• Collaborators CardioMining Study Group AHEPA University Hospital of Thessaloniki (Greece): Athanasios Feidakis, Anastasios Kartas, Vasiliki Patsiou, Eirinaios Tsiartas, Antonios Orfanidis, Triantafyllia Grantza, Chrysanthi Ioanna Lampropoulou, Dimitrios Kostakakis, Olga Kazarli, Maria Ioannou, Maria Eirini Kiriakideli, Melina Kyriakou, Dimitra Kontopyrgou, Martha Zergioti, Eleftherios Gemousakakis, Amalia Baroutidou, Alexios Vagianos, Alexandros Liatsos, Konstantinos Barmpagiannos, George Tyrikos, George Konstantinou, Anthi Vasilopoulou, Marina Spaho, Eleni Manthou, Panagiotis Zymaris, Eleni Baliafa, Maria Baloka, Iasonas Dermitzakis, Vasiliki Anagnostopoulou, Chrysi Solovou, Anna Maria Louka, Aliki Iliadou, Ioanna Filimidou, Aspasia Kyriafini, Odysseas Kamzolas, Ioannis Vouloagkas, Despoina Nteli, Nikolaos Outountzidis, Athanasia Vathi, Anastasia Foka, Michael Botis, Anastasia Christodoulou, George Vogiatzis, Eleni Vrana, Maria Nteli, Stefanos Antοniadis, Foteini Charisi, Mairifylli Vamvaka, Dimitrios Triantis, Efi Delilampou, Vaggelis Axarloglou, Georgios Charistos, George Anagnostou, Sofia Christodoulou, Anastasios Papanastasiou, Eleni Tziona, Nikolaos Batis, Katerina Gakidi, Artemis Iosifidou, Andreanna Moura, Christos Alexandropoulos, Theoni Exintaveloni, Asterios Karakoutas, Damianos Porfyropoulos, Michail Bountas, Athanasios Pachoumis, Eleftherios Markidis, Maria Sitmalidou, Athanasia Pappa, Konstantinos C Theodoropoulos, George Rampidis, Apostolos Tzikas, Stylianos Paraskevaidis, Georgios Efthimiadis, Antonios Ziakas. University Hospital of Patras (Greece): Theofilatos Athinagoras, Christoforos Travlos, Nikolaos Vythoulkas-Biotis, Kassiani Maria Nastouli, Nikolaos Kartas, Angeliki Vakka, Theoni Theodoropoulou, Maria Bozika, Virginia Anagnostopoulou, Georgios Tsioulos. Hippokration General Hospital of Athens (Greece): Emilia Lazarou, Panagiotis Tsioufis, Ioannis Kachrimanidis, Nick Argyriou. University Hospital of Heraklion (Greece): Emmanouil Kampanieris, Alexandros Patrianakos, George Kochiadakis. Alexandra General Hospital of Athens (Greece): Ioannis Kanakakis. University Hospital of Alexandroupolis (Greece): Marios Vasileios Koutroulos, Georgios K Chalikias. Hippokrateion University Hospital of Thessaloniki (Greece): Sophia Alexiou, Athena Nasoufidou, Panagiotis Stachteas, Constantinos Bakogiannis. University Hospital of Larissa (Greece): Tsantikos Christos, Grigorios Giamouzis, John Skoularigis. Evangelismos General Hospital of Athens (Greece): Ioannis Alexanian. Papageorgiou General Hospital of Thessaloniki (Greece): Dimitrios Farmakis, Ioannis Styliadis. Hellenic Red Cross Hospital of Athens (Greece): George Fotos, Nikolaos Bourboulis. Tzaneio General Hospital of Piraeus (Greece): Despoina Ntiloudi, Evangelos Pisimisis. Hygeia Hospitals Group (Greece) & European Heart Agency, European Society of Cardiology (Belgium): Panos E Vardas. Aristotle University of Thessaloniki (Greece): Antonis Billis, Ilias Kyparissidis. University of Western Macedonia (Greece): Dimitrios Tsalikakis. Beuth University of Applied Sciences (Berlin, Germany): Jens-Michael Papaioannou, Alexander Löser.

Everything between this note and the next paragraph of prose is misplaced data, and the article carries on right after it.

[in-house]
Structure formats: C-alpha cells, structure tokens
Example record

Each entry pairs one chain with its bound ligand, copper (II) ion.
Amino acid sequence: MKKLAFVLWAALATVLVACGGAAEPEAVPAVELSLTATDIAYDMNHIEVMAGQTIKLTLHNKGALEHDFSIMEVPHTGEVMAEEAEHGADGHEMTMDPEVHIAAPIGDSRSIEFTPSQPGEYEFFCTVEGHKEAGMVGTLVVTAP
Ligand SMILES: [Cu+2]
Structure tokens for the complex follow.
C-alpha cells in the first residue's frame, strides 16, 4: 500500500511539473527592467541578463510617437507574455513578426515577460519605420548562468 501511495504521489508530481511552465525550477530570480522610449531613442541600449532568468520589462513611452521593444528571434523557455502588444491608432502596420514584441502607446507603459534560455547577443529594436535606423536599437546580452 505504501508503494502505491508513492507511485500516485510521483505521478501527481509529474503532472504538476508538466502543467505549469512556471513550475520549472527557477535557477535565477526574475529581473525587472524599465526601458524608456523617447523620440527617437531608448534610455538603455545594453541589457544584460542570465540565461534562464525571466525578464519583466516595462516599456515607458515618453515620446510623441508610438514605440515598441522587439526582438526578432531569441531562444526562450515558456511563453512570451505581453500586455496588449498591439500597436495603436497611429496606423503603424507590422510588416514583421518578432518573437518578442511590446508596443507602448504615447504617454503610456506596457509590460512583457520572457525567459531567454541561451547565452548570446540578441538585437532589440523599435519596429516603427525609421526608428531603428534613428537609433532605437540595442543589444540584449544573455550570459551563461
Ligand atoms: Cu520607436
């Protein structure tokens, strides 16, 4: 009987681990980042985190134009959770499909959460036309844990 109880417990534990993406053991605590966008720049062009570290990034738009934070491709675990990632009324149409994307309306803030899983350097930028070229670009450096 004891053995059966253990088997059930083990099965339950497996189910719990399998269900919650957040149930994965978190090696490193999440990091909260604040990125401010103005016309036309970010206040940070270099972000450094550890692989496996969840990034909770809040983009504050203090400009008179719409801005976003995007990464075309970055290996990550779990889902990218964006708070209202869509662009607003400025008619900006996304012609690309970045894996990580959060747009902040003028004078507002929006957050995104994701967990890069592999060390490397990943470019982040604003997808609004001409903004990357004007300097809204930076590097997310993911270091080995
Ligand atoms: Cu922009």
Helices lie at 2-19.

• Contributors Substantial contributions to the conception or design of the work (AS, GG); or the acquisition, analysis or interpretation of data for the work (AS, AB, ASP, DVM, GTso, PB, GTsi, GL, GK, NF, VV, IZ, DNT, KT, PD, GG, CardioMining Study Group); and Drafting the work (AS, AB) or revising it critically for important intellectual content (ASP, DVM, GTso, PB, GTsi, GL, GK, NF, VV, IZ, DNT, KT, PD, GG, CardioMining Study Group); AND Final approval of the version to be published (AS, AB, ASP, DVM, GTso, PB, GTsi, GL, GK, NF, VV, IZ, DNT, KT, PD, GG, CardioMining Study Group); and Agreement to be accountable for all aspects of the work in ensuring that questions related to the accuracy or integrity of any part of the work are appropriately investigated and resolved (AS, AB, ASP, DVM, GTso, PB, GTsi, GL, GK, NF, VV, IZ, DNT, KT, PD, GG, CardioMining Study Group).

    • Funding The authors have not declared a specific grant for this research from any funding agency in the public, commercial or not-for-profit sectors.

    • Competing interests None declared.

    • Patient and public involvement Patients and/or the public were not involved in the design, or conduct, or reporting, or dissemination plans of this research.

    • Provenance and peer review Not commissioned; externally peer reviewed.

    • © Author(s) (or their employer(s)) 2023. Re-use permitted under CC BY-NC. No commercial re-use. See rights and permissions. Published by BMJ.

    • Supplemental material This content has been supplied by the author(s). It has not been vetted by BMJ Publishing Group Limited (BMJ) and may not have been peer-reviewed. Any opinions or recommendations discussed are solely those of the author(s) and are not endorsed by BMJ. BMJ disclaims all liability and responsibility arising from any reliance placed on the content. Where the content includes any translated material, BMJ does not warrant the accuracy and reliability of the translations (including but not limited to local regulations, clinical guidelines, terminology, drug names and drug dosages), and is not responsible for any error and/or omissions arising from translation and adaptation or otherwise.